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GeForce GTX 570 vs GeForce GTX 650 Ti 2GB

Intro

The GeForce GTX 570 makes use of a 40 nm design. nVidia has clocked the core frequency at 732 MHz. The GDDR5 memory works at a speed of 950 MHz on this particular card. It features 480 SPUs as well as 60 TAUs and 40 ROPs.

Compare that to the GeForce GTX 650 Ti 2GB, which has clock speeds of 928 MHz on the GPU, and 1350 MHz on the 2048 MB of GDDR5 memory. It features 768 SPUs along with 64 TAUs and 16 Rasterization Operator Units.

Display Graphs

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Power Usage and Theoretical Benchmarks

Power Consumption (Max TDP)

GeForce GTX 650 Ti 2GB 110 Watts
GeForce GTX 570 219 Watts
Difference: 109 Watts (99%)

Memory Bandwidth

In theory, the GeForce GTX 570 is 76% faster than the GeForce GTX 650 Ti 2GB overall, because of its higher data rate. (explain)

GeForce GTX 570 152000 MB/sec
GeForce GTX 650 Ti 2GB 86400 MB/sec
Difference: 65600 (76%)

Texel Rate

The GeForce GTX 650 Ti 2GB will be much (approximately 35%) faster with regards to texture filtering than the GeForce GTX 570. (explain)

GeForce GTX 650 Ti 2GB 59392 Mtexels/sec
GeForce GTX 570 43920 Mtexels/sec
Difference: 15472 (35%)

Pixel Rate

The GeForce GTX 570 should be a lot (about 97%) better at full screen anti-aliasing than the GeForce GTX 650 Ti 2GB, and also will be capable of handling higher screen resolutions more effectively. (explain)

GeForce GTX 570 29280 Mpixels/sec
GeForce GTX 650 Ti 2GB 14848 Mpixels/sec
Difference: 14432 (97%)

Please note that the above 'benchmarks' are all just theoretical - the results were calculated based on the card's specifications, and real-world performance may (and probably will) vary at least a bit.

Price Comparison

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GeForce GTX 570

Amazon.com

GeForce GTX 650 Ti 2GB

Amazon.com

Please note that the price comparisons are based on search keywords - sometimes it might show cards with very similar names that are not exactly the same as the one chosen in the comparison. We do try to filter out the wrong results as best we can, though.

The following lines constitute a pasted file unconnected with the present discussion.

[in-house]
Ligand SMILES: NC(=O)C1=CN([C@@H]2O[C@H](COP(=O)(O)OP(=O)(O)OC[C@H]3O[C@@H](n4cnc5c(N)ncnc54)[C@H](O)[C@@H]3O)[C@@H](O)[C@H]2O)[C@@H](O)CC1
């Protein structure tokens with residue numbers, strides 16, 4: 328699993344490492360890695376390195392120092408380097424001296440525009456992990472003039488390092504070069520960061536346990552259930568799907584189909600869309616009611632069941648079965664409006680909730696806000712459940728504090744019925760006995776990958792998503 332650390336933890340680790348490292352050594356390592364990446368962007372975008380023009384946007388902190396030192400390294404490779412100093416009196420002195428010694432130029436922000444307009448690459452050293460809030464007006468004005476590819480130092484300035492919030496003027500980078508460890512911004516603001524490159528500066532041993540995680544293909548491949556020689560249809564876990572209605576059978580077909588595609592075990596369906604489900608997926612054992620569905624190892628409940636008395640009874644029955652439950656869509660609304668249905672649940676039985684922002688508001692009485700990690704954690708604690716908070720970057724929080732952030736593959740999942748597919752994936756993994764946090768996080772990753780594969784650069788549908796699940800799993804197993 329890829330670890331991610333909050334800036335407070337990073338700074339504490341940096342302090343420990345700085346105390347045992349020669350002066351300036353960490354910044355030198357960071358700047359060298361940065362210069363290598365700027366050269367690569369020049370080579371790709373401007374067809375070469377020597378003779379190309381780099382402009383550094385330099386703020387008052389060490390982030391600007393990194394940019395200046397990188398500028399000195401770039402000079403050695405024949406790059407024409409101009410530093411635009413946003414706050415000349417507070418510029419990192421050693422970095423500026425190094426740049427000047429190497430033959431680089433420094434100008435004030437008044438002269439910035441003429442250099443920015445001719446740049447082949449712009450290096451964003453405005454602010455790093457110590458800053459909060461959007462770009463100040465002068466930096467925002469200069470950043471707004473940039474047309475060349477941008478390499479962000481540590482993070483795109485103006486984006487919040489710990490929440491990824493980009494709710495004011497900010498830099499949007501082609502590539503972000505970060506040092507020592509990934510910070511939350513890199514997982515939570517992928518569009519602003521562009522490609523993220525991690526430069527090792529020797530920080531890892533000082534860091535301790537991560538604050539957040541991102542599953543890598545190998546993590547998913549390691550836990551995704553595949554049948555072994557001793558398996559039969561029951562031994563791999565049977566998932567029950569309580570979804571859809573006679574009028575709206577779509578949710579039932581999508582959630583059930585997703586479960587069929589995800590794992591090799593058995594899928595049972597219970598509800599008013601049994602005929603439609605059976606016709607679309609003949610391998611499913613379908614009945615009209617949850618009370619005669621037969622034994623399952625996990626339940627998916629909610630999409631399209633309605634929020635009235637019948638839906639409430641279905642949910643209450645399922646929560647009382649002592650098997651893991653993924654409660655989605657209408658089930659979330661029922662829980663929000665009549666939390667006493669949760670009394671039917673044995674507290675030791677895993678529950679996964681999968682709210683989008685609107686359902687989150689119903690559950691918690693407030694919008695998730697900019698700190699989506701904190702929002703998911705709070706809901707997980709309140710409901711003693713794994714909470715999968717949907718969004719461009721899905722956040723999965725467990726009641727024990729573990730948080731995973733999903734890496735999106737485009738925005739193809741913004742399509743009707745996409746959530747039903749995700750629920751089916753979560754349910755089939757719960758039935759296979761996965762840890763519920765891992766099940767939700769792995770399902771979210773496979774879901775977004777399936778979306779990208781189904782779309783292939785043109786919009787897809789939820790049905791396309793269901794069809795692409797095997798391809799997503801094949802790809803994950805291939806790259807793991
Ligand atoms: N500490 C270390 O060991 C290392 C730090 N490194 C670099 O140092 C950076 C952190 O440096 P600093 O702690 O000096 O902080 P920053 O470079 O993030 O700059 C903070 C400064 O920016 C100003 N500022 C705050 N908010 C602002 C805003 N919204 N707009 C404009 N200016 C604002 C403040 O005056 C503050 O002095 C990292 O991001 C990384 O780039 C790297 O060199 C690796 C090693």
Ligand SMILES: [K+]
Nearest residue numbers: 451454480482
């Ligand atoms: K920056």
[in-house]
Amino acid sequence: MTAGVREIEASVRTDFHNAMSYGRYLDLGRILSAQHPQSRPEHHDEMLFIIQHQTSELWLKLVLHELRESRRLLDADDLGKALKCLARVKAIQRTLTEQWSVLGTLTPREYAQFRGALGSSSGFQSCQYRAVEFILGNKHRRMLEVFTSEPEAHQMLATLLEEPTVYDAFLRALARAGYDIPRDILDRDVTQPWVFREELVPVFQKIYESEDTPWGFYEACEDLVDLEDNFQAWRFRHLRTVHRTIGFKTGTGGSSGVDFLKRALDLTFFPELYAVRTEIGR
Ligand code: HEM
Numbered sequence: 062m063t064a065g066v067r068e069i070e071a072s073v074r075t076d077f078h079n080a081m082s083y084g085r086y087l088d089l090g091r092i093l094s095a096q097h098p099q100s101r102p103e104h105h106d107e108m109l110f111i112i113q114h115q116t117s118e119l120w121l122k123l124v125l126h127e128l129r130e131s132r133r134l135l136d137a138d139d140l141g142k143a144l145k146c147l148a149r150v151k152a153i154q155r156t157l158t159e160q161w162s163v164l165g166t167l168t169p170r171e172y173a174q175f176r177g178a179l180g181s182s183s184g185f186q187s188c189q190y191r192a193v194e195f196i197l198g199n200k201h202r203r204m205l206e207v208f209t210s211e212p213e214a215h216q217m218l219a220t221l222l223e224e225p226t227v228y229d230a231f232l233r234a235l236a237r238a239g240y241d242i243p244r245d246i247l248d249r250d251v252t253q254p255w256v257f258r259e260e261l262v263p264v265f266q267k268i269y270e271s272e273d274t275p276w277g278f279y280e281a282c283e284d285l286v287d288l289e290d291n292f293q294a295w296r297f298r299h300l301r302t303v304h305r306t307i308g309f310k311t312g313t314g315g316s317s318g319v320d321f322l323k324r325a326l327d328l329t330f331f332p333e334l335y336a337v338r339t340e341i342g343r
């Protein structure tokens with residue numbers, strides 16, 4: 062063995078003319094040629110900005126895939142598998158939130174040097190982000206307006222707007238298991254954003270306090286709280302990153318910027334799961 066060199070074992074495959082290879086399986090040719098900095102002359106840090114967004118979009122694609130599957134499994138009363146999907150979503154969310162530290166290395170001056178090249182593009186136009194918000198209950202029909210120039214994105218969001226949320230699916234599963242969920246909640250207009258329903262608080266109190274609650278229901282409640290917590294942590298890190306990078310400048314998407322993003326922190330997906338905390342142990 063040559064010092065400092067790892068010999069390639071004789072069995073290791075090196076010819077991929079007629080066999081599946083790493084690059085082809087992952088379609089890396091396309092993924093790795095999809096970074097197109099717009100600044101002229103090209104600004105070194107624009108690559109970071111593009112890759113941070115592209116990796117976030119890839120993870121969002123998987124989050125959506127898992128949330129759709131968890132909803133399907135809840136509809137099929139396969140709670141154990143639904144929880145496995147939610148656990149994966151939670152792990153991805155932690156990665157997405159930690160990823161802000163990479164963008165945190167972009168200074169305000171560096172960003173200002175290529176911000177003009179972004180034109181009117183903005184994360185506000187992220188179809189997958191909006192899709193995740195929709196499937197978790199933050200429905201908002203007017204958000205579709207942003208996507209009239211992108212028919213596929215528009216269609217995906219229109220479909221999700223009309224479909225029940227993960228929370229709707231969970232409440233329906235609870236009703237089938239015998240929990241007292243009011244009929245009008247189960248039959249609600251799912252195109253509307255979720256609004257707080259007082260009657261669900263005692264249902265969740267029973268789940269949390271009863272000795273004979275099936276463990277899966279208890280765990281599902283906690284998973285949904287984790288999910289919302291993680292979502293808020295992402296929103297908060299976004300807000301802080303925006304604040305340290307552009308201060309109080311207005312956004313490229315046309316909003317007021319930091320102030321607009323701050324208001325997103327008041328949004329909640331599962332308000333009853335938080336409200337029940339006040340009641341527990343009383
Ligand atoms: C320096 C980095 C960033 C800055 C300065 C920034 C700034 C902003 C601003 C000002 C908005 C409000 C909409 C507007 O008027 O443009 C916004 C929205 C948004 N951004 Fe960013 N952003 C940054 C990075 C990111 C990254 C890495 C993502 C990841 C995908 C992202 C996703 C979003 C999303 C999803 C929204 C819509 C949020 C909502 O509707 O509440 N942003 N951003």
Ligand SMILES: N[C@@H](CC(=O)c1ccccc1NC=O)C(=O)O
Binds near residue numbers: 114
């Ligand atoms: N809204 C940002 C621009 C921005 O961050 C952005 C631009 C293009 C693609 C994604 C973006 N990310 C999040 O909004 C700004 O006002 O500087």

Specifications

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Model GeForce GTX 570 GeForce GTX 650 Ti 2GB
Manufacturer nVidia nVidia
Year December 2010 October 2012
Code Name GF110 GK106
Memory 1280 MB 2048 MB
Core Speed 732 MHz 928 MHz
Memory Speed 3800 MHz 5400 MHz
Power (Max TDP) 219 watts 110 watts
Bandwidth 152000 MB/sec 86400 MB/sec
Texel Rate 43920 Mtexels/sec 59392 Mtexels/sec
Pixel Rate 29280 Mpixels/sec 14848 Mpixels/sec
Unified Shaders 480 768
Texture Mapping Units 60 64
Render Output Units 40 16
Bus Type GDDR5 GDDR5
Bus Width 320-bit 128-bit
Fab Process 40 nm 28 nm
Transistors 3000 million 2540 million
Bus PCIe x16 PCIe 3.0 x16
DirectX Version DirectX 11 DirectX 11.0
OpenGL Version OpenGL 4.1 OpenGL 4.3

Memory Bandwidth: Memory bandwidth is the max amount of information (counted in MB per second) that can be transported over the external memory interface in one second. It is calculated by multiplying the card's interface width by its memory clock speed. In the case of DDR type memory, the result should be multiplied by 2 again. If it uses DDR5, multiply by 4 instead. The better the card's memory bandwidth, the better the card will be in general. It especially helps with anti-aliasing, High Dynamic Range and higher screen resolutions.

Texel Rate: Texel rate is the maximum amount of texture map elements (texels) that can be applied in one second. This number is calculated by multiplying the total number of texture units of the card by the core clock speed of the chip. The better the texel rate, the better the card will be at handling texture filtering (anisotropic filtering - AF). It is measured in millions of texels processed in one second.

Pixel Rate: Pixel rate is the most pixels that the graphics chip can possibly write to the local memory in a second - measured in millions of pixels per second. The figure is worked out by multiplying the amount of Raster Operations Pipelines by the the core speed of the card. ROPs (Raster Operations Pipelines - also sometimes called Render Output Units) are responsible for outputting the pixels (image) to the screen. The actual pixel output rate also depends on many other factors, most notably the memory bandwidth - the lower the memory bandwidth is, the lower the potential to get to the maximum fill rate.

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